Glasgow climate talks postponed, but NGOs say it's no excuse for go slow on action | RenewEconomy

Glasgow climate talks postponed, but NGOs say it’s no excuse for go slow on action

Climate talks delayed to allow focus on Covid-19, but enviro groups warn that it is not an excuse for Australia and other nations to go soft on climate action.

Photo by IISD/ENB | Kiara Worth

The UK Government and the United Nations climate body, the UNFCCC, have announced that the next round of UN climate talks, COP26, that was due to be held in Glasgow in November have been delayed to allow governments to focus efforts on the immediate response to Covid-19.

While environmental groups have generally recognised the genuine need for the delay, they stressed that governments, including Australia’s, must not use it as an opportunity to evade meaningful action on climate change.

The UNFCCC Secretariat has advised that the current timeframe for the talks is no longer feasible, particularly with world governments focused on the immediate response to the Covid-19 pandemic, and they will work with countries to identify a new date.

Complicating the scheduling of the talks is the inability for negotiators to meet in the lead-up to COP26. Often these “intersessional” meetings held at the UNFCCC headquarters in Bonn throughout the year address much of the finer details, leaving bigger political decisions to the COP itself.

In making the decision to delay the talks, organisers recognised that it was virtually impossible to host a round of climate change talks that could lead to ambitious commitments from governments.

“COVID-19 is the most urgent threat facing humanity today, but we cannot forget that climate change is the biggest threat facing humanity over the long term,” UN climate change executive secretary Patricia Espinosa said.

“Soon, economies will restart. This is a chance for nations to recover better, to include the most vulnerable in those plans, and a chance to shape the 21st century economy in ways that are clean, green, healthy, just, safe and more resilient.”

“In the meantime, we continue to support and to urge nations to significantly boost climate ambition in line with the Paris Agreement,” Espinosa added.

The UK government is to act as the host of the talks in collaboration with the Italian government, and the two countries will work together to deliver a conference sometime in 2021, providing time for countries to focus on their Covid-19 response.

“The world is currently facing an unprecedented global challenge and countries are rightly focusing their efforts on saving lives and fighting COVID-19. That is why we have decided to reschedule COP26,” COP26 president and UK energy secretary Alok Sharma said.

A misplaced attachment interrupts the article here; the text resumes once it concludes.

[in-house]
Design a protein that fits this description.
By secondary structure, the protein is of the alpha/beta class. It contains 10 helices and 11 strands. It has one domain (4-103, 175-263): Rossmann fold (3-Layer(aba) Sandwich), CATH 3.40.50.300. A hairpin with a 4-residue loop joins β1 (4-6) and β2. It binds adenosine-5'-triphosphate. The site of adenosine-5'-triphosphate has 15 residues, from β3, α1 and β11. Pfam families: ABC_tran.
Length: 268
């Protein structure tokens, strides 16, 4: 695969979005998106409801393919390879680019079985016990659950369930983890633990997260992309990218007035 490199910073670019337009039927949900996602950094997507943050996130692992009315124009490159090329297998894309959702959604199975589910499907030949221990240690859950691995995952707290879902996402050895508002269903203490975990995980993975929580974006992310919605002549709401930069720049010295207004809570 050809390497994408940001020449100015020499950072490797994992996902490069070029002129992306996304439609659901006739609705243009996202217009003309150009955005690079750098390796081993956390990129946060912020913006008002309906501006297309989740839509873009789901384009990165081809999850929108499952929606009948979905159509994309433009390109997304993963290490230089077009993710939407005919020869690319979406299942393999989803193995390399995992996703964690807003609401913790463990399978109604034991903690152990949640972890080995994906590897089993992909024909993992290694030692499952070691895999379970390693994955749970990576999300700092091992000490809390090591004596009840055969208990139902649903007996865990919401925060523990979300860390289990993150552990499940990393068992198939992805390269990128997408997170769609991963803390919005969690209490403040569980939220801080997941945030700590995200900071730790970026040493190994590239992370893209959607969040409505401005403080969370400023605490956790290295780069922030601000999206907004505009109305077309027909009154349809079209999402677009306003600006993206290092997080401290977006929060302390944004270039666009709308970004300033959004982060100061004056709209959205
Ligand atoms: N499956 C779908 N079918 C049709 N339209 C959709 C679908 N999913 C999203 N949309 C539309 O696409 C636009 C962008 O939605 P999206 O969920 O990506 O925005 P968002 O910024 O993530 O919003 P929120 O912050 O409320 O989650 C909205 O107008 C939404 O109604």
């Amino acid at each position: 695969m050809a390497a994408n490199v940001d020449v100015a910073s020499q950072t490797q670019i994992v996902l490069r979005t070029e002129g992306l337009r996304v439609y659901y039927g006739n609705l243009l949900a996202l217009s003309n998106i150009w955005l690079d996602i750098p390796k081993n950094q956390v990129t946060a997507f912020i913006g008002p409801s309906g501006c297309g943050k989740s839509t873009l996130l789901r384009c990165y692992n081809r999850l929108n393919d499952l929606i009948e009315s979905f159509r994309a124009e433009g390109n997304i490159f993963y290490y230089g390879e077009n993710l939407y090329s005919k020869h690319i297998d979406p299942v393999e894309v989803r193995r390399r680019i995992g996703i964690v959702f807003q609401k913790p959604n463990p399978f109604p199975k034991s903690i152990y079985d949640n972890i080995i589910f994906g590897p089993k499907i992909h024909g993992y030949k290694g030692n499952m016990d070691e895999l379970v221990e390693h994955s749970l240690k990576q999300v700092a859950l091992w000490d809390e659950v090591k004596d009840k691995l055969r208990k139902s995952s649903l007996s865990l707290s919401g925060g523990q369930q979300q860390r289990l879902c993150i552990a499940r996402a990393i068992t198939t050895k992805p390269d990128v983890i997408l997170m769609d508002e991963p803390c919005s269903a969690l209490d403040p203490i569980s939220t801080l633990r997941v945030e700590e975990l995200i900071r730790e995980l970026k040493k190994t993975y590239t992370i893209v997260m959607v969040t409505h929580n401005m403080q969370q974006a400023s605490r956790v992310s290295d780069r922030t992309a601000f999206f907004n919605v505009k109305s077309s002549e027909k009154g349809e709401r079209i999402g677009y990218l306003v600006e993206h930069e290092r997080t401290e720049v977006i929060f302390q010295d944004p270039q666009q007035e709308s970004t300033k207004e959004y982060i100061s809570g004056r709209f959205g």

“We will continue working tirelessly with our partners to deliver the ambition needed to tackle the climate crisis and I look forward to agreeing a new date for the conference,” Sharma added.

The delay was broadly welcomed by organisations involved in the climate change negotiations but warned that the delay cannot not be used as an excuse for delaying action on climate change.

“This pause is understandable in light of efforts to stop the pandemic we all now face. But this should not mean pausing our vital efforts to respond to a climate crisis that is already threatening lives and pushing millions of people deeper into hunger and poverty,” Oxfam Australia’s climate justice advocacy manager Conor Costello said.

The Australia Institute highlighted the fact that much of Australia’s plans under the Paris Agreement remain up in the air, including the contentious use of surplus Kyoto Units.

“The climate crisis will continue to escalate. This delay should not be used to postpone local climate action, or act as a free-pass for the Australian Government to neglect its climate obligations,” The Australia Institute’s Richie Merzian said.

“The Australian Government must proceed with and release its long term climate strategy, which is more important than ever as Australia looks to rebuild from the black summer fires and recover from the current pandemic.”

The Morrison government burnt through a significant amount of diplomatic capital that the most recent round of talks held in Madrid in late 2019, has clashed with other countries over plans to use surplus Kyoto era units.

The plan was described as not being “within the spirit of the Paris Agreement”, as a bloc of more than 100 countries pushed back on the plan that would have severely undermined the environmental integrity of the agreement.

“Australia may have escaped the grilling international spotlight this year, but the use of these Kyoto carryover credits remains illegal, disingenuous and globally unpopular, and will continue to undermine Australia’s climate and broader diplomatic efforts,” Merzian added.

The next round of talks is set to be a crucial moment in international action on climate change, as countries transition as the Paris Agreement comes into force for the first time.

Countries are expected to communicate updates on their planned course of action to tackle climate change, including a ramping-up of their 2030 emission reduction targets.

The Morrison government has flagged that it has no intention of increasing its 2030 emissions reduction target beyond the 26 to 28 per cent reduction to which it has already committed.

Instead, the Morrison government is set to present a “technology investment target”, which may include investments in carbon capture and storage and hydrogen from gas and coal, in addition to further investment in zero-emissions energy sources.

It will also be the first talks held following the withdrawal of the United States from the Paris Agreement, as instigated by President Donald Trump.

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